Saturday, April 14, 2007

[wvns] Canada Lets Iraqi Doctor Speak

Canada offers forum for lecturer barred from U.S.

VANCOUVER — A highly regarded Iraqi epidemiologist who wants to tell
Americans about an alarming rise in cancer levels among Iraqi children
will come to Canada instead because he couldn't get a visa to the
United States.

Unable to travel to the University of Washington, Riyadh Lafta -- best
known for a controversial study that estimated Iraq's body count in
the U.S.-led war in Iraq at more than half a million -- will arrive at
Simon Fraser University in B.C. this month to give a lecture and meet
with research associates.

"The University of Washington wanted him, but the U.S. denied his
entry," said his colleague at SFU, Tim Takaro. "They need to be able
to collaborate, even if his results are unpopular with the Americans.
Now he's at SFU, and the best they're going to get is a video feed."

Once in Canada, Dr. Lafta will present estimates that paint a damning
portrait of the war's ravages on children: that birth defects are on
the rise since the war began, and that the number of children dying
from cancers such as leukemia has risen tenfold.

Dr. Lafta had tried for six months to get a visa into Seattle to speak
in Washington, and was ignored a half-dozen times, Dr. Takaro said.

The U.S. Citizenship and Immigration Services couldn't be reached for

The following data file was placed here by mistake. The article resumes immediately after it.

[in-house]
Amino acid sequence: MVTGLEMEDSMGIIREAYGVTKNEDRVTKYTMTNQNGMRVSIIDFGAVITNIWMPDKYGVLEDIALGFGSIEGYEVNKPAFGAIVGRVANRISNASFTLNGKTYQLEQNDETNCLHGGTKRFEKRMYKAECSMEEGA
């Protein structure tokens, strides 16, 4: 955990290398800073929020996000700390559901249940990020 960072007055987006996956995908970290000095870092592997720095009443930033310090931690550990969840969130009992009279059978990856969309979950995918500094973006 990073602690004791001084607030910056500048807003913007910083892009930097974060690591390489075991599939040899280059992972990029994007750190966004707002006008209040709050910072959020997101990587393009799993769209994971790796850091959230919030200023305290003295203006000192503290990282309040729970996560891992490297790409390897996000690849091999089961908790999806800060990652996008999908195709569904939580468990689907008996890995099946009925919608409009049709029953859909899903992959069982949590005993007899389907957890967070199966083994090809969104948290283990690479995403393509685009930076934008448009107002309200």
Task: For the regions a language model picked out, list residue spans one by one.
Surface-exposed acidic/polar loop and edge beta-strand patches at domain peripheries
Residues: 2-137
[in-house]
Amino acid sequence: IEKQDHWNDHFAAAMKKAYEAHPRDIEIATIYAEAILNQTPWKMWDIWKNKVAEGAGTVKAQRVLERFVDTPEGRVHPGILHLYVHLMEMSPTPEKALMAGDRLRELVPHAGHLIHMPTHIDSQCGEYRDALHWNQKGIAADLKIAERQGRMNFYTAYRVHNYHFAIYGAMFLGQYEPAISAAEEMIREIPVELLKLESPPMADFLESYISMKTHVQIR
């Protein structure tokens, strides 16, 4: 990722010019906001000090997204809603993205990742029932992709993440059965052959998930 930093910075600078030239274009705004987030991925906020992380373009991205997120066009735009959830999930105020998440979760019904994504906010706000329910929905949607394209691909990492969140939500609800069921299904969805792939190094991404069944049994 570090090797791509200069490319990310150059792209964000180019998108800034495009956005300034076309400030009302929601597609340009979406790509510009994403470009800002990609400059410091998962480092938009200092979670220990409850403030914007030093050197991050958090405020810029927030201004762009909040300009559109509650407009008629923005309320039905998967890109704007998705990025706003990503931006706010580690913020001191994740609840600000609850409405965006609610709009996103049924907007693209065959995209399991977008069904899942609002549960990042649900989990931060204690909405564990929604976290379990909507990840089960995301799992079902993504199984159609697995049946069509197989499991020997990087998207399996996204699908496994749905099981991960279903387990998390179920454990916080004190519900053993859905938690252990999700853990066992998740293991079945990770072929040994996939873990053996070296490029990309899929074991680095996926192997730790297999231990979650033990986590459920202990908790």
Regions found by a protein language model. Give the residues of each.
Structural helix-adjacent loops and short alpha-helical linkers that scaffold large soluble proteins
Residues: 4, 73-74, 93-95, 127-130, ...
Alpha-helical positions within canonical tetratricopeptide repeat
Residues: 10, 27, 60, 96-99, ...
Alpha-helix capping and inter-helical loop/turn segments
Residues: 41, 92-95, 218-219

comment. But a spokesman for Seattle Democratic Congressman Jim
McDermott said he couldn't understand the decision. "Jim's certainly
more than a little unhappy about it. We don't know whether this was a
snafu or more than that," Mike DeCesare said. "Certainly with the
doctor not able to be on the campus, and engage directly with people,
you've got to believe that's a net loss for everybody."

Dr. Lafta was born in Baghdad in 1960, was trained as a physician at
Baghdad University College and then worked for 14 years for the
Ministry of Health under Saddam Hussein. He became the head of the
communicable disease department and then the primary-care department
of Diyala province in northern Iraq.

Dr. Lafta, who is still in Iraq, couldn't be reached by e-mail
yesterday. But Dr. Takaro shared a message from his personal
communication. "The main point is that people outside Iraq do not
realize the real disaster we are suffering," Dr. Lafta writes. "Only
the Iraqi people know that, simply because the foreigners are
listening to the news while we are living the events on the ground."



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